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Nanophononic metamaterials: Raising the thermoelectric figure-of-merit by large-scale vibron-phonon couplings

Event Type
Mechanical Science and Engineering
4100 Sidney Lu Mechanical Engineering Building
Apr 12, 2022   4:00 pm  
Professor Mahmoud I. Hussein, Department of Physics, University of Colorado, Boulder
Amy Rumsey
Originating Calendar
MechSE Seminars


Thermoelectric materials convert heat into electricity or vice versa through a solid-state process. For the conversion efficiency to be competitive with fluid-based technologies, a thermoelectric material must be a good insulator of heat while, simultaneously, exhibit good electrical properties‒a combination that is hard to find in common materials. Here we present the concept of a locally resonant nanophononic metamaterial (NPM) [1-4] to overcome this natural trade-off in properties. One realization of an NPM is a freestanding silicon membrane (thin film) with a periodic array of nanoscale pillars erected on one or both free surfaces. Heat is transported along the membrane portion of this nanostructured material as a succession of wavenumber-dependent propagating vibrational waves, phonons. The atoms making up the minuscule pillars on their part generate wavenumber-independent resonant vibrational waves, which we describe as vibrons. These two types of waves linearly interact causing a mode coupling for each pair which appears as an avoided crossing in the pillared membrane’s phonon band structure. This in turn (1) enables the generation of new modes localized in the nanopillar portion(s) and (2) reduces the base membrane phonon group velocities around the coupling regions. In addition, the phonon lifetimes drop due to changes in the scattering environment, including both phonon-phonon scattering and boundary scattering.

These effects bring rise to a unique form of conductive transport through the base membrane, namely, resonant thermal transport. The in-plane thermal conductivity decreases as a result. Given that the number of vibrons scales with the number of degrees of freedom of a nanopillar, these effects intensify as the size of the nanopillars increases–possibly reaching millions of vibrons–up to the limits of the phononic mean-free-path distribution. In principle, the vibron density of states may be tuned to conform with that of the phonons across the entire phonon spectrum (which for silicon extends up to over 17 THz). This novel phenomenon thus provides an opportunity for achieving exceptionally strong reductions in the thermal conductivity. Furthermore, since the mechanisms concerned with the generation and carrying of electrical charge are practically independent of the phonon-vibron couplings, the Seebeck coefficient and the electrical conductivity are at most only mildly affected, if not at all. In this talk, I will introduce the concept of an NMP and present thermal conductivity predictions using lattice-dynamics-based calculations and molecular dynamics simulations, as well as preliminary electrical properties predictions using density functional theory. Some early experimental results will be presented as well. In conclusion, projections of record-breaking values of the thermoelectric energy conversion figure of merit ZT will be provided.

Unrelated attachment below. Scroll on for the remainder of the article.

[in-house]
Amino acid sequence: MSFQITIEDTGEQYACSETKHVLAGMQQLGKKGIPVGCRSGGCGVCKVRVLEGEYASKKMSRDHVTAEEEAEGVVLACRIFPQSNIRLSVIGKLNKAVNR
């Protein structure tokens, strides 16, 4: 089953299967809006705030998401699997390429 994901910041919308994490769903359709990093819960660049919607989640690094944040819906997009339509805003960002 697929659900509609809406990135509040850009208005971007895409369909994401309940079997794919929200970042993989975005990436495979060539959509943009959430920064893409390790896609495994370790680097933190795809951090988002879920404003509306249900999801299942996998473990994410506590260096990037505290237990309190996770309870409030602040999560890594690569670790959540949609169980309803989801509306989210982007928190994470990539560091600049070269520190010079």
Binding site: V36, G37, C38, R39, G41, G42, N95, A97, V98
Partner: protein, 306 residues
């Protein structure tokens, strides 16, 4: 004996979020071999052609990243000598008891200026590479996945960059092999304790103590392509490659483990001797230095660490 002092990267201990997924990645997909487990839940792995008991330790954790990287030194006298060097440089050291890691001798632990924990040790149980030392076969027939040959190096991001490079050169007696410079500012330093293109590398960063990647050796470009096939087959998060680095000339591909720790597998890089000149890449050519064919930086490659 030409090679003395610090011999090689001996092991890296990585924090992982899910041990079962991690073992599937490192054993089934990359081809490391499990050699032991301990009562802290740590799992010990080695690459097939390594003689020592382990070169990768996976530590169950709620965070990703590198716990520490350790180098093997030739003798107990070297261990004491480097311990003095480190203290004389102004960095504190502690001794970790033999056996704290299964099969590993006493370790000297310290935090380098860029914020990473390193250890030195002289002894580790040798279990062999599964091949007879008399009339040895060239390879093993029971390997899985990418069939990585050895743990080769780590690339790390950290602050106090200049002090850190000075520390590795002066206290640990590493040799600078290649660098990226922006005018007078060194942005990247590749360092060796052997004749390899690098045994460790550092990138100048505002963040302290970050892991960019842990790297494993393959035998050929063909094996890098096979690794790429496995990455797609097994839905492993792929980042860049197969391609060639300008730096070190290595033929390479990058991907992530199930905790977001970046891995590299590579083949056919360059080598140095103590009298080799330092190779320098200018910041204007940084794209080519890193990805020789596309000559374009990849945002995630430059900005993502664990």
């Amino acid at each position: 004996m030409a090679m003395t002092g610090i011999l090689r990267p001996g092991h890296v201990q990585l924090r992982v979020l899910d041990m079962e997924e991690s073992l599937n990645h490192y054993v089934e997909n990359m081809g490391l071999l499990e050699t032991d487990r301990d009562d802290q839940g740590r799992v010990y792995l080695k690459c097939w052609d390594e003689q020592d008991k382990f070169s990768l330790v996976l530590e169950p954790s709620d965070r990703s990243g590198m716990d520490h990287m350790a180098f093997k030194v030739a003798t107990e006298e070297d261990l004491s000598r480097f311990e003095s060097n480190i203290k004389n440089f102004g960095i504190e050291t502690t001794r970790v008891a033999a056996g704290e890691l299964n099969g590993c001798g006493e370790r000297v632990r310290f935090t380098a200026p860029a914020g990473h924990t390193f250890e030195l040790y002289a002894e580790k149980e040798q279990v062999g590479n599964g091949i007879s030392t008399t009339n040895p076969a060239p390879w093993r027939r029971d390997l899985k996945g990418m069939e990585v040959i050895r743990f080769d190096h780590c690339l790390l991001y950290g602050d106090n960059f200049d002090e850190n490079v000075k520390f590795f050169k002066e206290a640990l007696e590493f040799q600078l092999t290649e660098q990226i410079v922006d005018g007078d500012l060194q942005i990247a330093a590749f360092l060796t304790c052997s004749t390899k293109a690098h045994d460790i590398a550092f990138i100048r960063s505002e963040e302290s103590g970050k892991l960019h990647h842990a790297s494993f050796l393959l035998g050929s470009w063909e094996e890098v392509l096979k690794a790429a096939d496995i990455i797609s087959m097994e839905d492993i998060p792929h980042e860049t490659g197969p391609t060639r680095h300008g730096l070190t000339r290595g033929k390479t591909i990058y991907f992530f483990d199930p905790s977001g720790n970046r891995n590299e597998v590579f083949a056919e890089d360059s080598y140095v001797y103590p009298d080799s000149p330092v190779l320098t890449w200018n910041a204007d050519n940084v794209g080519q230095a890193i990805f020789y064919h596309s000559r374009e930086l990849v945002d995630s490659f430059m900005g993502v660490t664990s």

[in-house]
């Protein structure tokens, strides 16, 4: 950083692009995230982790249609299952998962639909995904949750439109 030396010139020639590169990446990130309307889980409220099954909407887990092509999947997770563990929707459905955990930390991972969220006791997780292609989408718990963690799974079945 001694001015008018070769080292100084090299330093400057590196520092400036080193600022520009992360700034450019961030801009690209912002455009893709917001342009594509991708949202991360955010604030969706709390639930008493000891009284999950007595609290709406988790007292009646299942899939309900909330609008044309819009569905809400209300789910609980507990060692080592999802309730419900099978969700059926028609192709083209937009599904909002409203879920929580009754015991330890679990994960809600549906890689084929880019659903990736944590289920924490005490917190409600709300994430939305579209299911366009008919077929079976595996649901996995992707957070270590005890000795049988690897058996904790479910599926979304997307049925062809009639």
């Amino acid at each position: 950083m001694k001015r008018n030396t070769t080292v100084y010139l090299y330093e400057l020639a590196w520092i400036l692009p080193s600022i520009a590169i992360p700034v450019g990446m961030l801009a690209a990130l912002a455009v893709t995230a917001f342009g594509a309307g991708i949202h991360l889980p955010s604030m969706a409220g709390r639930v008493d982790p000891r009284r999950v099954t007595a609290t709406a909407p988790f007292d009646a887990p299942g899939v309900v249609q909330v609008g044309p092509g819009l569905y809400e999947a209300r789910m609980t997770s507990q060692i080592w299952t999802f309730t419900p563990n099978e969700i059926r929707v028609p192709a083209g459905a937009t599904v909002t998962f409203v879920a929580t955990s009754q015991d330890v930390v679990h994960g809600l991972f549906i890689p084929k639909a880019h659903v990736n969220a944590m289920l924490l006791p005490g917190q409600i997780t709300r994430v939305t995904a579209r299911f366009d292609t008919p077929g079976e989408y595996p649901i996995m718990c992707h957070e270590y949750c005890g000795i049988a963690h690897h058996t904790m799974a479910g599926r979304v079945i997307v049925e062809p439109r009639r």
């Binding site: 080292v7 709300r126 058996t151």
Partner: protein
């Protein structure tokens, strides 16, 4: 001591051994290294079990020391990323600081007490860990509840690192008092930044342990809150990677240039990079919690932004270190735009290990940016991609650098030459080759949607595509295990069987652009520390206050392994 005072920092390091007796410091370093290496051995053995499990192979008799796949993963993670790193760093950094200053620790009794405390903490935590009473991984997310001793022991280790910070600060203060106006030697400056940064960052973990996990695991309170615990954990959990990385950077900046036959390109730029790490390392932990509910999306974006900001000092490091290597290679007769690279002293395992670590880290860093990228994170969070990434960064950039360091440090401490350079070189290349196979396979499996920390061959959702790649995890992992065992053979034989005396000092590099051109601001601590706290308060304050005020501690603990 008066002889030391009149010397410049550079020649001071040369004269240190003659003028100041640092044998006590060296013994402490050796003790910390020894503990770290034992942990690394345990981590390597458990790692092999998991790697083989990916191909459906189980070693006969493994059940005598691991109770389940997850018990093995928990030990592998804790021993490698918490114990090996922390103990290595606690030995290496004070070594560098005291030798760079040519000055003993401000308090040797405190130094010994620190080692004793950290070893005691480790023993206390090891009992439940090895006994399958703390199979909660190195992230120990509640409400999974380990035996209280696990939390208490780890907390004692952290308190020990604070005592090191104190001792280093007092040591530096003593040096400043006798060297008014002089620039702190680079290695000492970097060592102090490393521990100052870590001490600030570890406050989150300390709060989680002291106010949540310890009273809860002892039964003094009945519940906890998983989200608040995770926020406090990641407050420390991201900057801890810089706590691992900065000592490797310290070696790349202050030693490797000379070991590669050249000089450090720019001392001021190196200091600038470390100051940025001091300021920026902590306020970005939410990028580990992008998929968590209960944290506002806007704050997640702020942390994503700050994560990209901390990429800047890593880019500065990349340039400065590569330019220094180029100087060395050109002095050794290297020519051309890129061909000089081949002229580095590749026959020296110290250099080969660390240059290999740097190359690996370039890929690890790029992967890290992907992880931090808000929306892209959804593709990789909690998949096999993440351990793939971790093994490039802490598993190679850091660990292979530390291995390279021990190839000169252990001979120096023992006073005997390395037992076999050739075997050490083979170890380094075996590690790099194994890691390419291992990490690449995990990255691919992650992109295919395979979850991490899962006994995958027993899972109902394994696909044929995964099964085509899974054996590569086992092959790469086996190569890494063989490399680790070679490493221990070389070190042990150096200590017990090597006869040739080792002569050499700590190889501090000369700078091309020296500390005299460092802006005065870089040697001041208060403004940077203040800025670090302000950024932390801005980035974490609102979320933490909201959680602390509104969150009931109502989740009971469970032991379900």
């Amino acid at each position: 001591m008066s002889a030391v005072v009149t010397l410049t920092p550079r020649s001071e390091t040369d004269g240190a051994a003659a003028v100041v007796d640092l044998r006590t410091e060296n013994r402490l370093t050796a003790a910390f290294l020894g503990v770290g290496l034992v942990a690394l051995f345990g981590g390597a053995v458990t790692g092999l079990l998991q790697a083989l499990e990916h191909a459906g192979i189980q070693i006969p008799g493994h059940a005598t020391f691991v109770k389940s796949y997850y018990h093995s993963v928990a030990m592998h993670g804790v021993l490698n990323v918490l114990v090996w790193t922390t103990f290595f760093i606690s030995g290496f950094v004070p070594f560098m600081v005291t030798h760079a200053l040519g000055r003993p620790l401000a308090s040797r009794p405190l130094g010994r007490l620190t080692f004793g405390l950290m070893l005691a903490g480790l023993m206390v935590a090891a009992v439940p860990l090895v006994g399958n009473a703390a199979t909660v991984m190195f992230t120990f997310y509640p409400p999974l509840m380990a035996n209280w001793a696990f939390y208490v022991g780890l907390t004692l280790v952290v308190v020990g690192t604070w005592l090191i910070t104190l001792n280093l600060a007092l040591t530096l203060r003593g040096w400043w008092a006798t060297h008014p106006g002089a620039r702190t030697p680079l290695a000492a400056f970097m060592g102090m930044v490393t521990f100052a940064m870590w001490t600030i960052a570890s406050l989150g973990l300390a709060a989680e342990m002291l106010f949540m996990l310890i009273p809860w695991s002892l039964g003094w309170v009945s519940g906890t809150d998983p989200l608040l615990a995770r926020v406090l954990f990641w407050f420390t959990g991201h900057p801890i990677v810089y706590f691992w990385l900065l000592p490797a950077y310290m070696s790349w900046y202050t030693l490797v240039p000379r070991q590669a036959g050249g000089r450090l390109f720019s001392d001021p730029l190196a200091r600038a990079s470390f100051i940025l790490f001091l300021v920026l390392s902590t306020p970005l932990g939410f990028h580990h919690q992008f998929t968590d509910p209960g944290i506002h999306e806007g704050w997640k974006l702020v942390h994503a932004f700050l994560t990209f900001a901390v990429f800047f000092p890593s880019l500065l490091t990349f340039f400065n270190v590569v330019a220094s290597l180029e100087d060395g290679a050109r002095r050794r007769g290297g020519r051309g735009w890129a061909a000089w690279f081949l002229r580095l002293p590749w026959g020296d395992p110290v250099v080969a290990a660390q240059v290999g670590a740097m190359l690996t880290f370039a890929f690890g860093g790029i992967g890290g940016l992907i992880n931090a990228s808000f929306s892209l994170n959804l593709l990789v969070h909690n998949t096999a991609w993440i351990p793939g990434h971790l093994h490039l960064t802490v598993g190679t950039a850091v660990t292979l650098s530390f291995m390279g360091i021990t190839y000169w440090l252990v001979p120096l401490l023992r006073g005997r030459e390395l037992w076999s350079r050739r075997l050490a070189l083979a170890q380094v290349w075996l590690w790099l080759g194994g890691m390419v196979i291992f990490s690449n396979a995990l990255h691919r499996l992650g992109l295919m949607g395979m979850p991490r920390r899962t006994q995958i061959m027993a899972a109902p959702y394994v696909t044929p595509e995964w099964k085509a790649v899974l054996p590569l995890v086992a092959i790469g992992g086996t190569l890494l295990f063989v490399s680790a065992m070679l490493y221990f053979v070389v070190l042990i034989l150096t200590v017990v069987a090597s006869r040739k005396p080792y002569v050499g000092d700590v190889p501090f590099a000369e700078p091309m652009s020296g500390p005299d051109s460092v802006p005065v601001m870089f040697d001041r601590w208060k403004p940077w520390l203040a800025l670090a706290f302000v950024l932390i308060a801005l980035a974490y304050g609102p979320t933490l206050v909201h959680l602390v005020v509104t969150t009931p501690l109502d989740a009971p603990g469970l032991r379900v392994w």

About the Speaker

Mahmoud I. Hussein is the Alvah and Harriet Hovlid Professor at the Smead Department of Aerospace Engineering Sciences at the University of Colorado Boulder. He holds a courtesy faculty appointment in the Department of Physics and an affiliate faculty appointment in the Department of Applied Mathematics, and he serves as the Engineering Faculty Director for the Program of Exploratory Studies. He received a BS degree from the American University in Cairo (1994) and MS degrees from Imperial College, London (1995) and the University of Michigan‒Ann Arbor (1999, 2002). In 2004, he received a PhD degree from the University of Michigan, after which he spent two years at the University of Cambridge as a postdoctoral research associate.

Dr. Hussein’s research focuses on the dynamics of materials and structures, especially phononic crystals and metamaterials, at both the continuum and atomistic scales. His research considers areas that range from vibrations and acoustics of engineering structures and passive flow control to lattice dynamics and thermal transport in semiconductor-based nanostructured materials. His studies are concerned with physical phenomena governing these systems, associated theoretical and computational treatments, and analysis of relevant phenomena such as dispersion, resonance, dissipation, and nonlinearity. His team also conducts experiments to support some aspects of the theoretical work.

Dr. Hussein received a DARPA Young Faculty Award in 2011, an NSF CAREER award in 2013, and in 2017 was honored with a Provost’s Faculty Achievement Award for Tenured Faculty at CU Boulder. He has co-edited a book titled Dynamics of Lattice Materials published by Wiley. He is a Fellow of ASME and has served as an associate editor for the ASME Journal of Vibration and Acoustics. In addition, he is the founding vice president of the International Phononics Society and has co-established the Phononics 20xx conference series which is widely viewed as the world’s premier event in the emerging field of phononics.


Host:  Professor Kathryn Matlack

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